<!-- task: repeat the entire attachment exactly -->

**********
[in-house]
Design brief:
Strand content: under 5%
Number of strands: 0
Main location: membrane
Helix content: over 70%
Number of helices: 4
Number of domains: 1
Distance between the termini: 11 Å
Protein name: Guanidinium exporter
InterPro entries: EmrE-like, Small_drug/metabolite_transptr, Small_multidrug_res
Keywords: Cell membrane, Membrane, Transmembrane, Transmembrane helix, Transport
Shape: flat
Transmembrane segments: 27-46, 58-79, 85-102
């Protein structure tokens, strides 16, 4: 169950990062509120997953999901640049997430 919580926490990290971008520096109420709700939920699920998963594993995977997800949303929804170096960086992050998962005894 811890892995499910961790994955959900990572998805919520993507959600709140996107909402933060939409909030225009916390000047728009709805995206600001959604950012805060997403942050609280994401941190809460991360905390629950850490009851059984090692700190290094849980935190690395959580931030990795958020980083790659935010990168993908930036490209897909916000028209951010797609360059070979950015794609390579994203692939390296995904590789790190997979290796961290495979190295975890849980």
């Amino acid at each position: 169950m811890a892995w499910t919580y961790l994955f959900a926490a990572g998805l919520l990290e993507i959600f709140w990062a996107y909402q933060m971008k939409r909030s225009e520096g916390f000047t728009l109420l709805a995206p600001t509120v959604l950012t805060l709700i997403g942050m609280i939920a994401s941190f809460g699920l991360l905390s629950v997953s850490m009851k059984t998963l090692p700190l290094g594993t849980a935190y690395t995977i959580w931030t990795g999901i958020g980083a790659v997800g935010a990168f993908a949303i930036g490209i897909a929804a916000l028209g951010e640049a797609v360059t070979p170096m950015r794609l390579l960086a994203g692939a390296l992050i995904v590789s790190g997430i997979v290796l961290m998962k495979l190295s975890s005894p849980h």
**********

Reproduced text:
[in-house]
Design brief:
Strand content: under 5%
Number of strands: 0
Main location: membrane
Helix content: over 70%
Number of helices: 4
Number of domains: 1
Distance between the termini: 11 Å
Protein name: Guanidinium exporter
InterPro entries: EmrE-like, Small_drug/metabolite_transptr, Small_multidrug_res
Keywords: Cell membrane, Membrane, Transmembrane, Transmembrane helix, Transport
Shape: flat
Transmembrane segments: 27-46, 58-79, 85-102
């Protein structure tokens, strides 16, 4: 169950990062509120997953999901640049997430 919580926490990290971008520096109420709700939920699920998963594993995977997800949303929804170096960086992050998962005894 811890892995499910961790994955959900990572998805919520993507959600709140996107909402933060939409909030225009916390000047728009709805995206600001959604950012805060997403942050609280994401941190809460991360905390629950850490009851059984090692700190290094849980935190690395959580931030990795958020980083790659935010990168993908930036490209897909916000028209951010797609360059070979950015794609390579994203692939390296995904590789790190997979290796961290495979190295975890849980």
């Amino acid at each position: 169950m811890a892995w499910t919580y961790l994955f959900a926490a990572g998805l919520l990290e993507i959600f709140w990062a996107y909402q933060m971008k939409r909030s225009e520096g916390f000047t728009l109420l709805a995206p600001t509120v959604l950012t805060l709700i997403g942050m609280i939920a994401s941190f809460g699920l991360l905390s629950v997953s850490m009851k059984t998963l090692p700190l290094g594993t849980a935190y690395t995977i959580w931030t990795g999901i958020g980083a790659v997800g935010a990168f993908a949303i930036g490209i897909a929804a916000l028209g951010e640049a797609v360059t070979p170096m950015r794609l390579l960086a994203g692939a390296l992050i995904v590789s790190g997430i997979v290796l961290m998962k495979l190295s975890s005894p849980h």